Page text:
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Bitcoin myths: Volatility and energy waste

Pedro Febrero

Two of the most common arguments against Bitcoin I still hear fiat-proponents claiming is that Bitcoin’s price is “way too volatile” and the currency is “energy-intensive and wasteful” to produce.

So today I come bearing great news for those thinking these arguments make any sense.

Yes, from a certain point of view they might sound appealing. However, they couldn’t be further from the actual facts and truth. Bitcoin, in the medium to long term, will lose most of its volatility percentage-wise, and the amount of power needed to produce one Bitcoin won’t increase exponentially given an increasing number of users, as some analysts have wrongfully predicted.

Let’s start from the beginning.

‘Bitcoin is way too volatile’


Do you remember the epic performance of the one and only “Dr Doom”, the guy who missed out on three major Bitcoin bull runs and who keeps fighting for a dying system?

Me too. It was absolutely epic and, of course, full of bogus arguments like “the volatility of Bitcoin has been breathtaking”.

Not that Bitcoin isn’t volatile, because I would be lying if I said it isn’t. However, it is this volatility that sees more and more people enter the cryptocurrency market.

If Bitcoin was still worth $1 today, how many people would be interested? What about $100? Or $1,000?

Price volatility is absolutely needed to bring more people into Bitcoin. That’s just how developing economies work: through generalised greed, FOMO, and FUD.

Do you think for a second anyone needs to explain Bitcoin’s usefulness for someone living under a strict regime like people in Venezuela or Argentina?

Of course, never-ending price volatility eventually destroys a market. I cover some good examples in this piece I wrote last week. They all failed in the same epic way: deflation followed by massive hyperinflation.

If you haven’t guessed by now, I’m referring to all fiat currencies that ever existed. Yes, the same fiat currencies Mr Roubini so strongly defends. It’s interesting how he always fails to mention the more than 5,000 experiments we’ve had with government-backed currencies.

Which all failed, by the way.

‘Bitcoin wastes way too much energy’


If you search for “Bitcoin electricity” related news, especially from traditional media outlets like Forbes and CNN, you’ll soon find there’s way too many articles complaining how Bitcoin already wastes more energy than countries like Malta, or that it’s already using up to 1% of the world’s energy resources to keep its blockchain alive.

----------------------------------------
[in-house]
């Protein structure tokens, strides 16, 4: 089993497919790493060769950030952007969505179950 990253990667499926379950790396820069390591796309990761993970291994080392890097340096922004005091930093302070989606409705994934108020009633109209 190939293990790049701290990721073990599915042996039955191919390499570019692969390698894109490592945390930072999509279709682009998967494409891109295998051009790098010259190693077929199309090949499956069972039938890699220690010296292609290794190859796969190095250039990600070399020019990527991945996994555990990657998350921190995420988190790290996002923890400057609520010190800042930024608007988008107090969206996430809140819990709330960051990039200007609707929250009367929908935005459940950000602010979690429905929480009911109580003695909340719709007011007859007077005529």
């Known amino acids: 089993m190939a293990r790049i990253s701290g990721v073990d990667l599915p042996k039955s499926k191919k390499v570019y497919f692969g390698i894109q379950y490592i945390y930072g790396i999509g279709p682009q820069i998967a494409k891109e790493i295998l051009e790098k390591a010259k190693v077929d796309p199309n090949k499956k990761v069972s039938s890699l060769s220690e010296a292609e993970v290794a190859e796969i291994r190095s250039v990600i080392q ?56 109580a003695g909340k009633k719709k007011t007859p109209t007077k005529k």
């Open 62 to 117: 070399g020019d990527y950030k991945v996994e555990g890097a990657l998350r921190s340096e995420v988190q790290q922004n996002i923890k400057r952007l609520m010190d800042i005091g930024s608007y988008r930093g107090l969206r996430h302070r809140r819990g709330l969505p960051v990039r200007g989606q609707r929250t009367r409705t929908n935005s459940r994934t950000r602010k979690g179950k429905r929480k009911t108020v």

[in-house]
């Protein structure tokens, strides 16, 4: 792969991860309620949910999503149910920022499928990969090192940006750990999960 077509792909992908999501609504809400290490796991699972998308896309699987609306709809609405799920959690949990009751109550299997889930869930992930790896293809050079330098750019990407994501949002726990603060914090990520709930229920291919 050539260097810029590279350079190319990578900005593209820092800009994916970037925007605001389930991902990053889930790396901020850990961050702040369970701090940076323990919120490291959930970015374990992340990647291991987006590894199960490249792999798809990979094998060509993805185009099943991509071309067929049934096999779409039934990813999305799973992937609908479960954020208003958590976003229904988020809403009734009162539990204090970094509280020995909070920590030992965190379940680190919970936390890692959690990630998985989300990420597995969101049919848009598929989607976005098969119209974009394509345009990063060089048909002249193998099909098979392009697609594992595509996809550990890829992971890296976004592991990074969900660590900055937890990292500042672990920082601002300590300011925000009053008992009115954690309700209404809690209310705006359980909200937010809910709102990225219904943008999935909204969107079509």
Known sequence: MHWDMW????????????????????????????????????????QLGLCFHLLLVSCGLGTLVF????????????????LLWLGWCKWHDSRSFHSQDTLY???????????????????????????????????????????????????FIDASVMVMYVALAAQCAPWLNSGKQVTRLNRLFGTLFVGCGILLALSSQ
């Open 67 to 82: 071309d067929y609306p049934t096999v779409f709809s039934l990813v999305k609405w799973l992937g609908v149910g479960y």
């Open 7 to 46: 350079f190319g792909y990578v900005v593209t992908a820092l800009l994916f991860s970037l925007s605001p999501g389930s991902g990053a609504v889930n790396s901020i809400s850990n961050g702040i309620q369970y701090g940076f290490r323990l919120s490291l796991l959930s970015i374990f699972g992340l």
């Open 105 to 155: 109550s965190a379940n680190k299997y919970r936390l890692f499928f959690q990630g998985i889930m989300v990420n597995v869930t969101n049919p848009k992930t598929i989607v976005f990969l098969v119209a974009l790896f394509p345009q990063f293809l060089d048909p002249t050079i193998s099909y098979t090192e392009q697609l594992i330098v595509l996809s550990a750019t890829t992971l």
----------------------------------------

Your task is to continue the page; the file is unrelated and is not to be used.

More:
That’s just ridiculous.

Not that Bitcoin doesn’t waste energy, because it does. That is exactly the purpose of the protocol: to make people compete – by wasting electricity – to produce a block.

If there were no real costs to mining, how would Bitcoin be priced? That argument makes no sense at all.

Plus, if one quickly does the math and tries to add the energy requirements of all the banks, financial institutions, auditing firms, and other banking-related industries, one quickly realises there’s considerably more waste in these sectors than in a hyper-focused market like Bitcoin.

Energy is needed to produce work. Work is needed to guarantee decentralisation.

Energy will always be needed to run the world. Spending a hefty sum in actually securing my assets will never be a waste.

‘Bitcoin will never replace fiat currencies’

Global Localbitcoins Volume Chart

Local Bitcoins, a P2P BTC exchange

Bitcoin is already replacing fiat-based currencies. To prove that, one simply needs to look at the price charts of Bitcoin against your local currency.

I’ve used a global chart above showing the weekly volume on LocalBitcoins, a P2P Bitcoin exchange where users transact in person. As you can quite easily spot, the number of people exiting the current financial system and making their way over to a P2P Bitcoin exchange keeps increasing. Volumes usually prove this fact, simply because this type of P2P exchange is mostly used by individuals who can’t exchange fiat currency for Bitcoin on a digital exchange like Coinbase or Kraken – due to geographic location constraints, political environments, or the rule of man.

My point is: people are exiting the current fiat-based system, mostly in countries where USD is hard to come by.

Plus, most Bitcoiners I personally know and with whom I keep weekly correspondence would much rather prefer to receive paychecks in Bitcoin than in euros or pounds. That’s just the way of the world.

Why would you stick to a failing currency when there’s a much better version already available?

I hope I’ve made you think about the arguments against Bitcoin’s adoption, and how they’re usually hiding some flaw underneath their logic.

Don’t forget: Bitcoin is sound money, and sound money has proven to be the best money in the world – like gold.

Disclaimer: This article is an opinion piece by the author and does not necessarily reflect the views of Coin Rivet.

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